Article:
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Generation Resources Overview

The equipment that makes electricity is often very complex, although the theory behind electricity is quite simple. Electricity is made by spinning a magnet inside a coil of wire. This is called a generator. It’s connected to a power source, which turns a shaft that’s connected to the generator. This power source can be one of many types of prime movers including hydro turbines, wind turbines, steam or natural gas turbines.

Idaho Power is one of the few investor-owned electric utilities with a predominantly hydroelectric generating base, which helps to keep your rates low. We own and operate 17 hydroelectric plants on the Snake River and its tributaries. The plants vary in size and production capacity. The largest plants, and the ones producing the most electricity, are located in Hells Canyon, along the border of Idaho and Oregon. There are three hydroelectric plants in Hells Canyon—Brownlee, Oxbow and Hells Canyon. Together they are called the “Hells Canyon Complex.”

Idaho Power’s hydroelectric system on the Snake River uses water pressure to spin the turbine blades. The turbine looks much like a large ship propeller. Falling water has tremendous power and our existing hydroelectric resources provide the most inexpensive method of generating electricity.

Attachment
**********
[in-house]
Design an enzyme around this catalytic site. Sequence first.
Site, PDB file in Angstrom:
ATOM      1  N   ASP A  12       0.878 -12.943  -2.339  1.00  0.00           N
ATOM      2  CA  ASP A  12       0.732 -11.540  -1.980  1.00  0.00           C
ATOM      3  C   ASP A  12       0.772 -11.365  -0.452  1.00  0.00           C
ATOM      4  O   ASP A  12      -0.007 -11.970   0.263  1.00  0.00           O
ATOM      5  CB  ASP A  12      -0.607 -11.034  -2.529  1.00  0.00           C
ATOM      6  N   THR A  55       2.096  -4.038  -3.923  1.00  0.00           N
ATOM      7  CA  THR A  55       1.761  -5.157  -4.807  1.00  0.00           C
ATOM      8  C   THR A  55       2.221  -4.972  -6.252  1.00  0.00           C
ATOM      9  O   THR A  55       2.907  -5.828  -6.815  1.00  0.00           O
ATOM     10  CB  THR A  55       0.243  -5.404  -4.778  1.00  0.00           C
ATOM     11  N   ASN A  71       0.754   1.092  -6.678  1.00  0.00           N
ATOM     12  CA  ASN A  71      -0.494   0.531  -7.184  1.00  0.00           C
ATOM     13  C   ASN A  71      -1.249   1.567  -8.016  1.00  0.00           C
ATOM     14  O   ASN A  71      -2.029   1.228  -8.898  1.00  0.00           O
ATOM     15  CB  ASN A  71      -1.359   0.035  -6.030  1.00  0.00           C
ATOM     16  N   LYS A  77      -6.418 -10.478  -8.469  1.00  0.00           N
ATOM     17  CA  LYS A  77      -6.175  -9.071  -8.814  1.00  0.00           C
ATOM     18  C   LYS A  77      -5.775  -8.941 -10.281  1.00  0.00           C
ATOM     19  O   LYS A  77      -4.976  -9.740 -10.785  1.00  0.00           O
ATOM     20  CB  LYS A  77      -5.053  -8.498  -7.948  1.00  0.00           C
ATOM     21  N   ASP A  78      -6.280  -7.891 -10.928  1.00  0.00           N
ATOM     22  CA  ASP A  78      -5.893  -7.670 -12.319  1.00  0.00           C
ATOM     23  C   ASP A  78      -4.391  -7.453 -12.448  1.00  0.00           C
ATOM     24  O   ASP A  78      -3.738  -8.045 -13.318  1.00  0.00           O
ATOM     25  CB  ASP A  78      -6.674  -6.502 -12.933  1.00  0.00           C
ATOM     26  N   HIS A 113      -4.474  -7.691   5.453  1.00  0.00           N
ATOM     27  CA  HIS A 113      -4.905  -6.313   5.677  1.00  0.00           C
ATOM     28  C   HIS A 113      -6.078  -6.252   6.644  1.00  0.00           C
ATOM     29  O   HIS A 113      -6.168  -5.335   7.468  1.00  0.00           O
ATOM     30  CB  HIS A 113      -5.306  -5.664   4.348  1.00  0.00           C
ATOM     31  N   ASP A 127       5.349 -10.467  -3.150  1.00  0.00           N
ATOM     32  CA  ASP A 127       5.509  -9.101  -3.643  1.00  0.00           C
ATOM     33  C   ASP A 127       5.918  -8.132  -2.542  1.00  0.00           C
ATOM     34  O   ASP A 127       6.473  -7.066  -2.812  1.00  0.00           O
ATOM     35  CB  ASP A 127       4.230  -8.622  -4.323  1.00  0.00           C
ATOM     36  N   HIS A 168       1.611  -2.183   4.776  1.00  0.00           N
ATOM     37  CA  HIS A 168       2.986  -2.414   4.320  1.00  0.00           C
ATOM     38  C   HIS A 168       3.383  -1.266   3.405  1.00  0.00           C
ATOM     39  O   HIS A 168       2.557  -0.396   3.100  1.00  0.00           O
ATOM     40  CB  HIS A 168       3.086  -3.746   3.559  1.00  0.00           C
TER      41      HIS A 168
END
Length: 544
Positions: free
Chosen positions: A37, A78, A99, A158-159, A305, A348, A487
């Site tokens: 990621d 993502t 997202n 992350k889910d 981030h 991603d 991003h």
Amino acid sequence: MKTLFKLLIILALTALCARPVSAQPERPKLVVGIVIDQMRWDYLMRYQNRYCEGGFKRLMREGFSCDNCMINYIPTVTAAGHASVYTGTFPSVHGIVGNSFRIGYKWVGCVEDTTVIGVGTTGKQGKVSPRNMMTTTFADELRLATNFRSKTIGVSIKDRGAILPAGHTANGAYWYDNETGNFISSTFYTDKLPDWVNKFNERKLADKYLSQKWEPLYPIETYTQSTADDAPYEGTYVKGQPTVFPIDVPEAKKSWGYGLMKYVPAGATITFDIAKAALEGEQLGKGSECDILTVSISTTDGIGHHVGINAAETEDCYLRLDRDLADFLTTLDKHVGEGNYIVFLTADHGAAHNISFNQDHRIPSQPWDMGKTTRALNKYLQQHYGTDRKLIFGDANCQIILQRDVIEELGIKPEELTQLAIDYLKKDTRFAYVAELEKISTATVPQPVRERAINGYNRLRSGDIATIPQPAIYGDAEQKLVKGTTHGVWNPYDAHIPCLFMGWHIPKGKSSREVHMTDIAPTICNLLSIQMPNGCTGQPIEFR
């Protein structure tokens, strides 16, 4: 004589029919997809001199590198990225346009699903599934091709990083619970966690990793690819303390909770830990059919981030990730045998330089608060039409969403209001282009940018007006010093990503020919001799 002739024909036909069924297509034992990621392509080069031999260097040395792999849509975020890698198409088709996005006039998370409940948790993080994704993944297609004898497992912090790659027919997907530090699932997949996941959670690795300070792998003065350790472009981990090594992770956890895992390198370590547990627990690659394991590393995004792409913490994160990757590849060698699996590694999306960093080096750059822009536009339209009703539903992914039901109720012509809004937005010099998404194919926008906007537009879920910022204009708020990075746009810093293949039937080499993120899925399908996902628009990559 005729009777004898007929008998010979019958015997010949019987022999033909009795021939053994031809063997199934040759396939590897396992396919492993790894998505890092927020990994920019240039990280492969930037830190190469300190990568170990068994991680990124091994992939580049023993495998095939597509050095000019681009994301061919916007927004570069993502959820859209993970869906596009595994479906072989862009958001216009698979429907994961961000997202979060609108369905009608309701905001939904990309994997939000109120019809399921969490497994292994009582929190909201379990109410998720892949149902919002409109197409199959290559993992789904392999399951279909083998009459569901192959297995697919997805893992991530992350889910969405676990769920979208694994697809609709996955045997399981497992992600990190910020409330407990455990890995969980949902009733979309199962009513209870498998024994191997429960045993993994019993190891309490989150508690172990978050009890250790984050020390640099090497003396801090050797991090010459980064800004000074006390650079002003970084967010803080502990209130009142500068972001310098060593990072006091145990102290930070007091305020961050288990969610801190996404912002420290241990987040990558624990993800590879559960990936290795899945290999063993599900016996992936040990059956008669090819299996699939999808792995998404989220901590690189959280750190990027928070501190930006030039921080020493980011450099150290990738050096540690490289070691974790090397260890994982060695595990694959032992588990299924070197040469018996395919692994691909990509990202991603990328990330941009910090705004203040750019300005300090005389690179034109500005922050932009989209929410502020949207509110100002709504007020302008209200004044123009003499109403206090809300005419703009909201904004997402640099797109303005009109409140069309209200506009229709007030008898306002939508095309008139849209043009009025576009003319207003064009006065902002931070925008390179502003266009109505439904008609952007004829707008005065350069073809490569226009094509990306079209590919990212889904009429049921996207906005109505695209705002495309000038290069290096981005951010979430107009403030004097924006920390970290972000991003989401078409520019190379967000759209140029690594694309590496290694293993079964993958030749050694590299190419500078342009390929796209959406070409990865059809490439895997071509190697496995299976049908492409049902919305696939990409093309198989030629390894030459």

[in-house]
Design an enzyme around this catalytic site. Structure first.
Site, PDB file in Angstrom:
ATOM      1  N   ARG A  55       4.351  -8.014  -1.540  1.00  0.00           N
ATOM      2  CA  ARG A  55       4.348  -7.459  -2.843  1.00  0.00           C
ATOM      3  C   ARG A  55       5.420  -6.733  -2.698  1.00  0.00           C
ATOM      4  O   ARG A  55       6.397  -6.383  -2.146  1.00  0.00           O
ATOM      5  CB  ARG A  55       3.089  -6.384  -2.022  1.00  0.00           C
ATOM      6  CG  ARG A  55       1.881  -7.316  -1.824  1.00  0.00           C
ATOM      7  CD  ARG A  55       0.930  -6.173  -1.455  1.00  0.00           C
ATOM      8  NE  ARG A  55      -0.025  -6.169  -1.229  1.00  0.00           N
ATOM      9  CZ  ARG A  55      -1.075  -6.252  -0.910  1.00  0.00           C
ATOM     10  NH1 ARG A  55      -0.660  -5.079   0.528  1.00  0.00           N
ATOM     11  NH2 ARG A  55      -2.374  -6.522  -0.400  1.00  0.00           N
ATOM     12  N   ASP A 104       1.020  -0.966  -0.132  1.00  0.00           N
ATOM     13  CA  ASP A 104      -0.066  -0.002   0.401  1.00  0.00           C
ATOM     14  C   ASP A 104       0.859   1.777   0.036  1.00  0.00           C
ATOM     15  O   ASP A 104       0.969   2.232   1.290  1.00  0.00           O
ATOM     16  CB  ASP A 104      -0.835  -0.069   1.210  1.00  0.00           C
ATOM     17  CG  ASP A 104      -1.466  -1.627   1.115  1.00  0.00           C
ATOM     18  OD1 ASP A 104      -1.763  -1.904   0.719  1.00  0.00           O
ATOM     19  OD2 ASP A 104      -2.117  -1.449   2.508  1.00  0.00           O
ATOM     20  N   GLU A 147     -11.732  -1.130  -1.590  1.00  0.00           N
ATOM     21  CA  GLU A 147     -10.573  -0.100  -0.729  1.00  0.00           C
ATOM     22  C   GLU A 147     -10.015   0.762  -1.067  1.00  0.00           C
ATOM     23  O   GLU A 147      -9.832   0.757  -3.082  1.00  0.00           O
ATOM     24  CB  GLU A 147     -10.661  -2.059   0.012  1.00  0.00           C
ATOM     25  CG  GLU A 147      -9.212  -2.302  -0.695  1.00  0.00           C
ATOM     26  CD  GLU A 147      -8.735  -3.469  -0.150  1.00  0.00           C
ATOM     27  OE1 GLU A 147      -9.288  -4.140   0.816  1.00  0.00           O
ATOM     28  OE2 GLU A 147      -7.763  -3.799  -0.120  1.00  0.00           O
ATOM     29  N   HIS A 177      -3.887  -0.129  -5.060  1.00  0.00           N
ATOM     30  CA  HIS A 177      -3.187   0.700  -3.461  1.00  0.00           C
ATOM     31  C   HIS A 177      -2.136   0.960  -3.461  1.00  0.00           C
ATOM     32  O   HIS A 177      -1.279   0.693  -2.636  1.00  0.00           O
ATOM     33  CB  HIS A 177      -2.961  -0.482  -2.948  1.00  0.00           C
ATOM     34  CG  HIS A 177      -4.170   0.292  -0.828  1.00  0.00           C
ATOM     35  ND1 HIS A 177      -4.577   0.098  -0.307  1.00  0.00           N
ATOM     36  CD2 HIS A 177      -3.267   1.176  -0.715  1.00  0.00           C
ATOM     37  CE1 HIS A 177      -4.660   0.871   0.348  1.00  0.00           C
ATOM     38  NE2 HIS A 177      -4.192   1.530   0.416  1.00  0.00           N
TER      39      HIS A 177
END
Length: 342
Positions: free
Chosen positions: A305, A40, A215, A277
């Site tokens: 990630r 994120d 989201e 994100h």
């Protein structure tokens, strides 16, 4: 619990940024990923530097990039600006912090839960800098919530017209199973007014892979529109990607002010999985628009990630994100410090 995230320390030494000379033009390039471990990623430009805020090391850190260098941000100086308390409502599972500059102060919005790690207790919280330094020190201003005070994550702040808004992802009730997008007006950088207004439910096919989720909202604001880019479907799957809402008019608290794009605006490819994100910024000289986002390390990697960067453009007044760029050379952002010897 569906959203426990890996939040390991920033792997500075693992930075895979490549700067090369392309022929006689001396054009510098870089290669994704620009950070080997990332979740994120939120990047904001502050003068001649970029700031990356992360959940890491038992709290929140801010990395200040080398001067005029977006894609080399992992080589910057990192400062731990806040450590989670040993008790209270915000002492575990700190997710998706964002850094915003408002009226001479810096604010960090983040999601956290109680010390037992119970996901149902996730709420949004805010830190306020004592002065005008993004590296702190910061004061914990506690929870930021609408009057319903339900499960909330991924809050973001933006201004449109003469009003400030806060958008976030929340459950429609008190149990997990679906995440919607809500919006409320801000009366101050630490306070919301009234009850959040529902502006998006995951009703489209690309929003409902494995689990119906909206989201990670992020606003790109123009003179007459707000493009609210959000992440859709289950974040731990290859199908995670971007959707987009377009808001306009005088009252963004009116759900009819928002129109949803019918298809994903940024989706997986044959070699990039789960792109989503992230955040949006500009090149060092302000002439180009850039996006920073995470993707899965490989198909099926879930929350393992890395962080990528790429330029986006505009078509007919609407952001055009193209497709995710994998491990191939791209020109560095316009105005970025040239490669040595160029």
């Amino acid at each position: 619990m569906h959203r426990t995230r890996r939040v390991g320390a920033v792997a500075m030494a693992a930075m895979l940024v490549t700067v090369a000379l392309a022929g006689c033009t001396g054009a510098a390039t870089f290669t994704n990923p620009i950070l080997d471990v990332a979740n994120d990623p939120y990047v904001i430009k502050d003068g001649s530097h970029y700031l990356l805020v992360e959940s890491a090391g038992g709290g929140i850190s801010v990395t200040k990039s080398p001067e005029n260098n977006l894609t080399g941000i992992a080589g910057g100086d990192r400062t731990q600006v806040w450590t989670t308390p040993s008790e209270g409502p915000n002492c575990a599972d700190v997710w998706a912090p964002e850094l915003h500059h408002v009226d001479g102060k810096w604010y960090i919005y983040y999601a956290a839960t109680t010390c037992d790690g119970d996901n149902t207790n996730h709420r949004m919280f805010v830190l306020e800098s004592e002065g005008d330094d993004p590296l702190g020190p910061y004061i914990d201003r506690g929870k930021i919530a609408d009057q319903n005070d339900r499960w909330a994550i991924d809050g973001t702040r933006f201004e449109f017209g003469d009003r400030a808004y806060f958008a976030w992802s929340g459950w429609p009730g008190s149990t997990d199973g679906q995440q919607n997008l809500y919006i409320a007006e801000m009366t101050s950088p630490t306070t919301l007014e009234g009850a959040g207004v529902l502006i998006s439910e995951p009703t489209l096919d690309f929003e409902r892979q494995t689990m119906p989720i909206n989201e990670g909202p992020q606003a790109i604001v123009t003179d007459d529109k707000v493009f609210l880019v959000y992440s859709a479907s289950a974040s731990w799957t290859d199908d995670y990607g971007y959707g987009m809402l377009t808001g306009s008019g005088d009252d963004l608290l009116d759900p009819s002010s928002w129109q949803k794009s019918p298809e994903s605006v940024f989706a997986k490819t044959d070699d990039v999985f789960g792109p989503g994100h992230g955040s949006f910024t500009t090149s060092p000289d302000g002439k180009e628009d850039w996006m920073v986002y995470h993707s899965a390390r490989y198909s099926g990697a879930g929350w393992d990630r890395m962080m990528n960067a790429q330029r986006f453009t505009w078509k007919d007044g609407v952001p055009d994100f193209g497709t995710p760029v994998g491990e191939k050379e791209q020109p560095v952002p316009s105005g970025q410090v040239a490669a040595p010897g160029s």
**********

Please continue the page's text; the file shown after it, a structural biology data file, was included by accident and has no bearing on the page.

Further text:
We also deliver power to our customers through one diesel-powered generator and share ownership in three coal-fired generating plants; we do not operate any of them.

Idaho Power owns and operates three natural gas-fired plants. In gas turbines, natural gas is burned and the hot gas produced is directed at turbine blades. This process is like a turbo-prop aircraft engine, but in generation applications, the turbine turns the generator, rather than a propeller.

Our newest natural gas-fired plant, the Langley Gulch Power Plant is a combined-cycle combustion turbine that uses both natural gas and steam to create energy. The addition of this dispatchable resource is a key component in our generation portfolio that balances reliability, costs and environmental impacts. This clean, highly efficient plant improves electric service reliability and helps us integrate intermittent alternative resources into the electrical grid serving all Idaho Power customers.

Idaho Power views alternative resources such as wind and geothermal as important parts of its resource portfolio, we expect these resources to take on increased importance in a carbon-constrained future.

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